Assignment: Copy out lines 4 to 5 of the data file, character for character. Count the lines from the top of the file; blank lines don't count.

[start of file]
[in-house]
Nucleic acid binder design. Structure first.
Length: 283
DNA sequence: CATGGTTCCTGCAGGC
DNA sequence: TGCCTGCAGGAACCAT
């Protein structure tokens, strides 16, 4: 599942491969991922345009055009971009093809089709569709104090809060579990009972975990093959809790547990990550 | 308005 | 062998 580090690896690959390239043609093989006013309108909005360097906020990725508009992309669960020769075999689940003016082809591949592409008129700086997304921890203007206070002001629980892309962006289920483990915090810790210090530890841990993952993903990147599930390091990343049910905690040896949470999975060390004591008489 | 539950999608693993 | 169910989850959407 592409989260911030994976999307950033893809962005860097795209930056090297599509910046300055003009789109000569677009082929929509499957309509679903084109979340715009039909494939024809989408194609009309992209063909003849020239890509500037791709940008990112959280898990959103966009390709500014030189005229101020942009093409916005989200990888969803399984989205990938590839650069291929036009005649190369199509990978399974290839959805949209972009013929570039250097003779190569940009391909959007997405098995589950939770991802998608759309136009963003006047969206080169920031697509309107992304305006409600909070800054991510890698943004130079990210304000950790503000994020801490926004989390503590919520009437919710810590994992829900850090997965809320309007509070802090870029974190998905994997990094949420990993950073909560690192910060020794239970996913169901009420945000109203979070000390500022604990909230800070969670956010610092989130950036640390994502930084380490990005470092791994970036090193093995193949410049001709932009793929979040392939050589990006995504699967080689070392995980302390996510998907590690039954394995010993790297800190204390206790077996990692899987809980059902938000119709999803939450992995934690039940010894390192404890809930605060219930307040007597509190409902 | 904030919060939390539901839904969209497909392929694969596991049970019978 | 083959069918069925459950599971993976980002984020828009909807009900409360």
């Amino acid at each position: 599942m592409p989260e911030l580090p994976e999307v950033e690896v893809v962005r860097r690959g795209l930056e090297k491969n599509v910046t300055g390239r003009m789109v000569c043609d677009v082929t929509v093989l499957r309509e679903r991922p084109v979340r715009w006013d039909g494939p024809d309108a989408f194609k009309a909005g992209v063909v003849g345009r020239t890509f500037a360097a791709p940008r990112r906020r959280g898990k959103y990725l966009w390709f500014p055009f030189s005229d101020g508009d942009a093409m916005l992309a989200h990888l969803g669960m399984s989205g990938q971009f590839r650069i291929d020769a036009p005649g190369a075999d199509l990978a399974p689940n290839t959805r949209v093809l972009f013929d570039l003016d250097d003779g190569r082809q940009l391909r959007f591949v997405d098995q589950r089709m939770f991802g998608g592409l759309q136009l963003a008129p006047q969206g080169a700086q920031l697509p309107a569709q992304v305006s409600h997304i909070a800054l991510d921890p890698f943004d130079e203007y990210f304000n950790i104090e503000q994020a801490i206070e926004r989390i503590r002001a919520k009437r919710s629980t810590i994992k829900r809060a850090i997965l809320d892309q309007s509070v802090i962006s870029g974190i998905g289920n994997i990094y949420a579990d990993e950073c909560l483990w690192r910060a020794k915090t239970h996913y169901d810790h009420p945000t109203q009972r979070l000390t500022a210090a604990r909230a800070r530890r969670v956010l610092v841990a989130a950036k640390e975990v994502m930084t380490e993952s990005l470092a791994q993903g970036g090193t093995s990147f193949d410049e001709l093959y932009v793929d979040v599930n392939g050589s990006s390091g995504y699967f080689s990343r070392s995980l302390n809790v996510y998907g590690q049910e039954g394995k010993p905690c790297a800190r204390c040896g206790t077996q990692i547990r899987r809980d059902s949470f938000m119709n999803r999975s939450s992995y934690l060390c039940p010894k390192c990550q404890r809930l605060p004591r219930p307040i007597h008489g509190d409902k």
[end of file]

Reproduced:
DNA sequence: CATGGTTCCTGCAGGC
DNA sequence: TGCCTGCAGGAACCAT